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Abū Bakr Muḥammad ibn Zakariyyā al-Rāzī’s Doubts about Galen: The Case of Medical Crisis TheoryGlen M. Cooper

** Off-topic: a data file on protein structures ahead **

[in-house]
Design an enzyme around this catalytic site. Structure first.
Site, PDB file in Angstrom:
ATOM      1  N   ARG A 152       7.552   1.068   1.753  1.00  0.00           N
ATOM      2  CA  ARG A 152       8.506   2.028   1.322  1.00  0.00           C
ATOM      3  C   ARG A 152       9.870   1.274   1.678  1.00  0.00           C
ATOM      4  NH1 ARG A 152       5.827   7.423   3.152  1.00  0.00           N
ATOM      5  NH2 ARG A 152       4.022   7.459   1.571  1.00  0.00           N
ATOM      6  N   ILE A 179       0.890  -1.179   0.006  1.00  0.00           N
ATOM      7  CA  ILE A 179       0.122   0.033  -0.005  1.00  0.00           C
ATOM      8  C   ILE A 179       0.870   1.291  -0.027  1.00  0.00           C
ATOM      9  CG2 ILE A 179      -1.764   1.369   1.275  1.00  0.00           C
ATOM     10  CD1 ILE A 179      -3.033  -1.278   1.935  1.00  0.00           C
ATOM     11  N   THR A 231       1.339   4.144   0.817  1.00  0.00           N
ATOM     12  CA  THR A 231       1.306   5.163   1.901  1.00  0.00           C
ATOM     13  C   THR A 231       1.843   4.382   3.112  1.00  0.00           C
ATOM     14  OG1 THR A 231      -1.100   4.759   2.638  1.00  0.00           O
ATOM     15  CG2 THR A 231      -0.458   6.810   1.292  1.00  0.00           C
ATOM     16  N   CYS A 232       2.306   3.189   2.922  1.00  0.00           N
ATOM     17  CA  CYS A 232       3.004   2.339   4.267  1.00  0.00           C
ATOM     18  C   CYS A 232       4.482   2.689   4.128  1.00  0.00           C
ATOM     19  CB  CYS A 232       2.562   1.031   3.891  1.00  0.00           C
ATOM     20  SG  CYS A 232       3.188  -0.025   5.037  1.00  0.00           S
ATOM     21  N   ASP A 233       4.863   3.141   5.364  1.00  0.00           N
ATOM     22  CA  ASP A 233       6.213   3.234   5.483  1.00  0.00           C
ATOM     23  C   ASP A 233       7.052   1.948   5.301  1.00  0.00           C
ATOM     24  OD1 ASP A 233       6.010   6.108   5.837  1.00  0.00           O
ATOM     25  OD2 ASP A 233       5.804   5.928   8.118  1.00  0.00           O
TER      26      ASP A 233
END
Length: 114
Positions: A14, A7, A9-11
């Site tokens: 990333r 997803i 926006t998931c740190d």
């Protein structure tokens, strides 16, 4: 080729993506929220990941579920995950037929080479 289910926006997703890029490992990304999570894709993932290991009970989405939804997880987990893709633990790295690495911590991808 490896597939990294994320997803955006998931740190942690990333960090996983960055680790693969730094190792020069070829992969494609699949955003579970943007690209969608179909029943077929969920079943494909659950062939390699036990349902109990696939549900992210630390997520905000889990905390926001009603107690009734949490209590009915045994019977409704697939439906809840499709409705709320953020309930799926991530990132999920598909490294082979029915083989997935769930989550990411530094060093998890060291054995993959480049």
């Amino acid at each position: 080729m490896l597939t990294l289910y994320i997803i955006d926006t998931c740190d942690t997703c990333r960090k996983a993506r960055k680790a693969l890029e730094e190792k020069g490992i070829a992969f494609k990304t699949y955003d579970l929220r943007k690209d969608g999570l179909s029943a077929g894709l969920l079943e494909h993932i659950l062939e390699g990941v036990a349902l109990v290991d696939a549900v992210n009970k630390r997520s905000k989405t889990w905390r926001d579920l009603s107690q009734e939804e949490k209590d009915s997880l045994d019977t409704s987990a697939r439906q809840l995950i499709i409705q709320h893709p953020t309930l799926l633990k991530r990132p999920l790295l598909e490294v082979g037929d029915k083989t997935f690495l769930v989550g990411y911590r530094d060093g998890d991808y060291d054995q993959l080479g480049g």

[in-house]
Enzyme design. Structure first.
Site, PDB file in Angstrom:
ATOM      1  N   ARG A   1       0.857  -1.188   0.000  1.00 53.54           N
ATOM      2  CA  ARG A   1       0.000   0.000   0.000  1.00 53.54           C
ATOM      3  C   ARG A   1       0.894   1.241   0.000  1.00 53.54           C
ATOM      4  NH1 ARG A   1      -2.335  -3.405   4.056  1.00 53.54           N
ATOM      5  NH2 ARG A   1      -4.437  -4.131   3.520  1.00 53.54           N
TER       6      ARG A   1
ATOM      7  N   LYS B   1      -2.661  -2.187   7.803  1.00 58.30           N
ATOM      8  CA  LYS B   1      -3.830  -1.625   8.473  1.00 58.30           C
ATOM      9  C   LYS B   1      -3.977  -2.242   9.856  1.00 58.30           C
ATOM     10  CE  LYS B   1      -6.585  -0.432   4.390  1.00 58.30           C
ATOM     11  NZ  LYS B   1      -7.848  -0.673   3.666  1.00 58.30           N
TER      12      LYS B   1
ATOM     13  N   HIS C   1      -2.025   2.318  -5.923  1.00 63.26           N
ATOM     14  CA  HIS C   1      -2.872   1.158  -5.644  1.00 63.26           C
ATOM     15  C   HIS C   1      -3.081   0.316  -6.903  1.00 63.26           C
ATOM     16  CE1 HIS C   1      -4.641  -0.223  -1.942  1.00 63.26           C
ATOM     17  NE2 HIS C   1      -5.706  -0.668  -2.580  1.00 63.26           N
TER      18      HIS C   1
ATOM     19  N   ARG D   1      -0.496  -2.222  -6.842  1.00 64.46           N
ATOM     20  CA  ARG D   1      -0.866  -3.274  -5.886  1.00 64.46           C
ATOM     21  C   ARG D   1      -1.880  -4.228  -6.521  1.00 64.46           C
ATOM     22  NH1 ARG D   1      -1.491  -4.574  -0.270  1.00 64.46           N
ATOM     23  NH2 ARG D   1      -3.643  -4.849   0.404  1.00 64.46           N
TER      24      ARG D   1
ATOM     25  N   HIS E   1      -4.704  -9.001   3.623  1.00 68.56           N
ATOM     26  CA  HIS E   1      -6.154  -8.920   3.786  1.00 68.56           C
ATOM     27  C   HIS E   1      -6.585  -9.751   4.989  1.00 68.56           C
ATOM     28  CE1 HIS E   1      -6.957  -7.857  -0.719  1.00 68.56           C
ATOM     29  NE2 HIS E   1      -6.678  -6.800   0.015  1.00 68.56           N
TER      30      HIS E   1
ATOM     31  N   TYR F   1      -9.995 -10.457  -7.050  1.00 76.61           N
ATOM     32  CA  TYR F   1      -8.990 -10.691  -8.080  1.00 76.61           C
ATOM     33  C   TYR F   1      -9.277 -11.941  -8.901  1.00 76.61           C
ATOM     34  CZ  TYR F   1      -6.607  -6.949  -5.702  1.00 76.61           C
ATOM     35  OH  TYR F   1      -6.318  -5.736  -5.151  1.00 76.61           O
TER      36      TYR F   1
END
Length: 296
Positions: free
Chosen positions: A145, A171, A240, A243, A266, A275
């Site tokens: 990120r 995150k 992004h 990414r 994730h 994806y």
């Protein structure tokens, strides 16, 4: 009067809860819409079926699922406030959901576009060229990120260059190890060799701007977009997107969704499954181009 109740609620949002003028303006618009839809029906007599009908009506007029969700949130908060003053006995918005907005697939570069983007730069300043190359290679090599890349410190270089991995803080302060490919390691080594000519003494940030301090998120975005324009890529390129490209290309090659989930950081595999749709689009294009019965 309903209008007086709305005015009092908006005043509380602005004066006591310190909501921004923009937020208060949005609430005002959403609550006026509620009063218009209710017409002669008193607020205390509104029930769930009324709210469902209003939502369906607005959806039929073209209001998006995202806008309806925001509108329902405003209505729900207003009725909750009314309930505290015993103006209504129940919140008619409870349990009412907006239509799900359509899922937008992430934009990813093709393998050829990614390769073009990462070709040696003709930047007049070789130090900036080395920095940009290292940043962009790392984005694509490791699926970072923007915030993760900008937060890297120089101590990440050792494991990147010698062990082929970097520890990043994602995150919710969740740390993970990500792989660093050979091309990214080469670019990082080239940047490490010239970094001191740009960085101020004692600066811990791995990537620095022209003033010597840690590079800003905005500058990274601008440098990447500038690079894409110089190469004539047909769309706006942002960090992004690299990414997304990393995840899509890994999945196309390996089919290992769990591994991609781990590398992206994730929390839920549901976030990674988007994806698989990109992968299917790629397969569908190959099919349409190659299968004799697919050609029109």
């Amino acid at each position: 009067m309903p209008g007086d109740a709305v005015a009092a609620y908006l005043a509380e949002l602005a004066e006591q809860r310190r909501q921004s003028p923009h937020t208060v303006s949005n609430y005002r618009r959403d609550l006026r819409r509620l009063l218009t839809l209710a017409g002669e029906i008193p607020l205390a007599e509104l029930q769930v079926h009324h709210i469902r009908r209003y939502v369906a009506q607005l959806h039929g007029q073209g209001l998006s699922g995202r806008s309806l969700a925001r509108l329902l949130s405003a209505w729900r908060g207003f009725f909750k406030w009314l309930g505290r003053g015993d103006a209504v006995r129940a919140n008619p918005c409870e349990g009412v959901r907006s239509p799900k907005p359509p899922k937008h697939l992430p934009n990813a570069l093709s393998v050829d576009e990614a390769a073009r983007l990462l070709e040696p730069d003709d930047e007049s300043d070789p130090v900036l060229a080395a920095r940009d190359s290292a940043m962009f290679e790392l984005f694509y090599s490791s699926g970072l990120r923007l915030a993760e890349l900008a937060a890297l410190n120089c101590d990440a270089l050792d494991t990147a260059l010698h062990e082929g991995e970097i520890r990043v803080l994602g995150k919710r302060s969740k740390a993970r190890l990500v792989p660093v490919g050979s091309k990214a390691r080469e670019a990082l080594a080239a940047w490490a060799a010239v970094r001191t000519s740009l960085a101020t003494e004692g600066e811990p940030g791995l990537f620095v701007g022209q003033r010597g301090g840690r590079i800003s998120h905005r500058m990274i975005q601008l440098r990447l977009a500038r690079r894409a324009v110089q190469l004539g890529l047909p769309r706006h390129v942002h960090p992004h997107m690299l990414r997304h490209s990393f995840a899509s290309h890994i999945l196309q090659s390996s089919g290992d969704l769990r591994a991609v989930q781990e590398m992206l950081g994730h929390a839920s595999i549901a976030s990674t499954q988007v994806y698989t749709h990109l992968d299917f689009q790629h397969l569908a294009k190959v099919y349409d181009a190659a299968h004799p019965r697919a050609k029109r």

The Iranian born Abū Bakr Muḥammad ibn Zakariyyā al-Rāzī (853-925 CE /239/40-313 H) was one of the earliest and finest examples of an empirical scientist, one who was attentive to data and skeptical of the theories he heard. Al-Rāzī was known for his iconoclastic approach to the solution of scientific or medical challenges, such as his brute force method for determining the best location for the new Baghdad Hospital— observing rotting meat. Furthermore, his critique of Galen (al-šukūk ‘alā Ǧālīnūs) shows his deep understanding of ancient Greek science—and was an early example of an important Arabic tradition of critiquing and correcting the sciences of the Greeks. One such theory was Galen’s theory of the medical crisis, which was closely interwoven with diagnosis, prognosis, and therapy. Between Ḥunayn ibn Isḥāq and Ibn al-Nafīs (d. 1288 / 687 H), Galenic crisis theory underwent significant changes in Islamic medicine. Al-Rāzī is of interest because he represents the earlier period of critique and revision of Greek medicine. This paper will consider several examples of al-Rāzī’s empirical approach to medicine, along with his critique of Galen that illustrate his understanding and revision of Galen’s crisis theory. Influential examples of his data collecting are found in two works that will be referred to in this paper. First, by extending the case history tradition of the Hippocratics (which marked the beginnings of scientific medicine to begin with), his compilations of case histories are models for all generations (Kitāb al-taǧārib). Second, his Kitāb al-Ḥāwī compilation is a testament to his skill at collecting important passages from earlier authors. His example was later followed by other physicians, among whom was Moses Maimonides (Mūsā ibn Maymūn, d. 1204 CE). The Kitāb al-Ḥāwī was also a gift to posterity, since some of the quoted works are no longer extant.